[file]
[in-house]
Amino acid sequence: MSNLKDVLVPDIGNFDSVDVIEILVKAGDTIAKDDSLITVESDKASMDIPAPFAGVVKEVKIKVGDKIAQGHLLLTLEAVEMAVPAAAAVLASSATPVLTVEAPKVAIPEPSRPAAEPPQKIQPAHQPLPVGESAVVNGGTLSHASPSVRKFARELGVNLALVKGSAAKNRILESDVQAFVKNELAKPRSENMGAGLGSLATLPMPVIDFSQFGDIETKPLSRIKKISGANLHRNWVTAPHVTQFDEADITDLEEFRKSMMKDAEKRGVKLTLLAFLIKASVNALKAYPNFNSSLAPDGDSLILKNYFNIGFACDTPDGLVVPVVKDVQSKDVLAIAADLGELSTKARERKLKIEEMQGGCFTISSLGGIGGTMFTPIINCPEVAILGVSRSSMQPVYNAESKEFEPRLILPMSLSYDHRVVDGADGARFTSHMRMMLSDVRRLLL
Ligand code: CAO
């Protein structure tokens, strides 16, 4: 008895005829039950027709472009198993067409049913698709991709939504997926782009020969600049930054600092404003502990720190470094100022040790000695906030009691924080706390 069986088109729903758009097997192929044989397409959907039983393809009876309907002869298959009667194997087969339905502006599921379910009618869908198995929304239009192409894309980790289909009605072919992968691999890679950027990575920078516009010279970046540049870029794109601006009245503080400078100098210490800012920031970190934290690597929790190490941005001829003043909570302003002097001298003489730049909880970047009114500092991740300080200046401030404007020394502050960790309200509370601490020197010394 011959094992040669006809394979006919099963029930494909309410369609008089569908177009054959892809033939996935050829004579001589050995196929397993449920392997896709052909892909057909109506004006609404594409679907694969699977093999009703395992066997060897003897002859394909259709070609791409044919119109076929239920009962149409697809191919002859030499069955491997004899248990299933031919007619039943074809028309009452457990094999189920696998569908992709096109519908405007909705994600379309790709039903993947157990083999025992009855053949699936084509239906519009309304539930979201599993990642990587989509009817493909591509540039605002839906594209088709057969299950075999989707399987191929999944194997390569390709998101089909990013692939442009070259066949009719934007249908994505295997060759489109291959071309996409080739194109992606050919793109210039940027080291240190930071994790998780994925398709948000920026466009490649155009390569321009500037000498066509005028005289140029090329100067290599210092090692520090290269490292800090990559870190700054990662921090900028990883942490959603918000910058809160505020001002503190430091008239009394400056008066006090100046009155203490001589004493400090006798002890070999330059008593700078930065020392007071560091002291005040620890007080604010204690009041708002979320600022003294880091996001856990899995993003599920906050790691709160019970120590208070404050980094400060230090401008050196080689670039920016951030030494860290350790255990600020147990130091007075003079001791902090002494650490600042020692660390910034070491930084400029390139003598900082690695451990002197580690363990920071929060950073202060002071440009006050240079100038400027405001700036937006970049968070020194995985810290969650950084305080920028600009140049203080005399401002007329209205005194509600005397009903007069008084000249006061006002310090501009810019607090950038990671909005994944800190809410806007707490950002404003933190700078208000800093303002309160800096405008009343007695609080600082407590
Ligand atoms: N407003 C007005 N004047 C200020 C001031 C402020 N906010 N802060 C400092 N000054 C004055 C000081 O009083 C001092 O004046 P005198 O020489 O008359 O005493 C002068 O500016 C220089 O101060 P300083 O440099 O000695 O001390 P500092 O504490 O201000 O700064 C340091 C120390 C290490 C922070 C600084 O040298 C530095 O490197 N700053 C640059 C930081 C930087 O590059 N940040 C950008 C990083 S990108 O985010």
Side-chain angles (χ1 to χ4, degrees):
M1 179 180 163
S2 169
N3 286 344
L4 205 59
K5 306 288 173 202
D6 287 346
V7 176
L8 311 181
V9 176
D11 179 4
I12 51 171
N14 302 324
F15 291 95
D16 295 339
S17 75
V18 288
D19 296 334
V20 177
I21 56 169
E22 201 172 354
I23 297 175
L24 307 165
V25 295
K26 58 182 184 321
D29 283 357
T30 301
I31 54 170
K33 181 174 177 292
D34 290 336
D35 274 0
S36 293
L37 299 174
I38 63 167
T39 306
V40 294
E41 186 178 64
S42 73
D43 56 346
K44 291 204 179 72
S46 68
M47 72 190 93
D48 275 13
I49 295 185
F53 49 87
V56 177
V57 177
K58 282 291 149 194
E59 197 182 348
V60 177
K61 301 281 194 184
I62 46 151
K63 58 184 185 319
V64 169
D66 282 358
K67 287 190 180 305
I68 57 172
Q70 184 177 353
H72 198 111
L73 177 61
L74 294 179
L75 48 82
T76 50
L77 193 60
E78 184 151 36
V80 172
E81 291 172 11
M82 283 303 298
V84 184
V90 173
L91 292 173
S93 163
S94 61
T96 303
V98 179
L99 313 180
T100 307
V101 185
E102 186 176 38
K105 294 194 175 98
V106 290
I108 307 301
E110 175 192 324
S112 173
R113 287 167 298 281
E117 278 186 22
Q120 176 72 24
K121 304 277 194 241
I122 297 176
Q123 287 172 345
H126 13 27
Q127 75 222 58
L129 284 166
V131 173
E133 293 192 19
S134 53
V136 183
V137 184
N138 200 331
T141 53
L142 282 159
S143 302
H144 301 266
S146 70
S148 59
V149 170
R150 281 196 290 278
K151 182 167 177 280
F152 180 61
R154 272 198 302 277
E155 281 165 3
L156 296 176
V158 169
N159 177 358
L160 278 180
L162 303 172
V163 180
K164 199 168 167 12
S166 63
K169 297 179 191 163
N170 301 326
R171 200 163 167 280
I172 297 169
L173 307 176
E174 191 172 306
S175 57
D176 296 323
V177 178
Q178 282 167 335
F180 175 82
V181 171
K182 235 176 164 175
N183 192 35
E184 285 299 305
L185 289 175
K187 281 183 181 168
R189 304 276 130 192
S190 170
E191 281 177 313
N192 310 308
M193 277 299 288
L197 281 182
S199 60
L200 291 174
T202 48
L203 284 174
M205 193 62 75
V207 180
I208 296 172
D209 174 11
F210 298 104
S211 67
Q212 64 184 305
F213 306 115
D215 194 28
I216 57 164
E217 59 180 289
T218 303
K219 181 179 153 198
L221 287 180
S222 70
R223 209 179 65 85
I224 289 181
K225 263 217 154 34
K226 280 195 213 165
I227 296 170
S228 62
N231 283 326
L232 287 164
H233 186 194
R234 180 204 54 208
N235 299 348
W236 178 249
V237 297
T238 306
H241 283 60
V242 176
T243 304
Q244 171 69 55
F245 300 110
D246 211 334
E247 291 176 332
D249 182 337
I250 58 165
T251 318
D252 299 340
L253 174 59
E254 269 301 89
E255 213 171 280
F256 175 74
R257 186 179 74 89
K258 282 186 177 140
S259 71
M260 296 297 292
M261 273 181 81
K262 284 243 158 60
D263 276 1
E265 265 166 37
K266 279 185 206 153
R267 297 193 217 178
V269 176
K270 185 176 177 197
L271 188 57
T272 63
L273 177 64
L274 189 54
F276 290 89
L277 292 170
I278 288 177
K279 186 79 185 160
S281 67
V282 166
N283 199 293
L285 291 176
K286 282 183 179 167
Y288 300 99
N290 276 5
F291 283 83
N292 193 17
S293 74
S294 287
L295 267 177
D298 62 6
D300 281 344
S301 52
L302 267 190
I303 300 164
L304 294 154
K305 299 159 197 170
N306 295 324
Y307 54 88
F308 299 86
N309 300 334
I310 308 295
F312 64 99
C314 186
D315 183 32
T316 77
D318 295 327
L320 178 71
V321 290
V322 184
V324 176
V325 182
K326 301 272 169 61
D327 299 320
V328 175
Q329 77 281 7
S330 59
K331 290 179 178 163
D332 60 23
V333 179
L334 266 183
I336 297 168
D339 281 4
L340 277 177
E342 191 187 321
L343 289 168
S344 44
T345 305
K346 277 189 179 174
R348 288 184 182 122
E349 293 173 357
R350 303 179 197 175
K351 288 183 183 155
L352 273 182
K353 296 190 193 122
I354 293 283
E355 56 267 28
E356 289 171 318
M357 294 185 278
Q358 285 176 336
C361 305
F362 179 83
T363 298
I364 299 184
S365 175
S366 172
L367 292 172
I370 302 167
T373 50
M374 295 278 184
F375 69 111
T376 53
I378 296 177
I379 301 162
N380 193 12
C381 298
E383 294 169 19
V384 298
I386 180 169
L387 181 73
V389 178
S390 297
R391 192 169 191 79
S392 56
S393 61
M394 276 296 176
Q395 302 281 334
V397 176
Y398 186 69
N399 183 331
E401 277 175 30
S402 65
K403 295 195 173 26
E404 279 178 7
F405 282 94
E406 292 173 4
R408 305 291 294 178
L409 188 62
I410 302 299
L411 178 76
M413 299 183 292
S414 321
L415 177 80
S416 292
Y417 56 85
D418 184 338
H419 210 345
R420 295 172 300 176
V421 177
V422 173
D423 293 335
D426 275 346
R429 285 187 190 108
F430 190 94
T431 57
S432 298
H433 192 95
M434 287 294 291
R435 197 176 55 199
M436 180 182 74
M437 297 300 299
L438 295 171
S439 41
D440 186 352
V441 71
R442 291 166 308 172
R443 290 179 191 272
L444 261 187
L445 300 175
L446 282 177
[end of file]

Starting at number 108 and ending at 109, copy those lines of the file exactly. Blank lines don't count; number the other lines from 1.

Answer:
H144 301 266
S146 70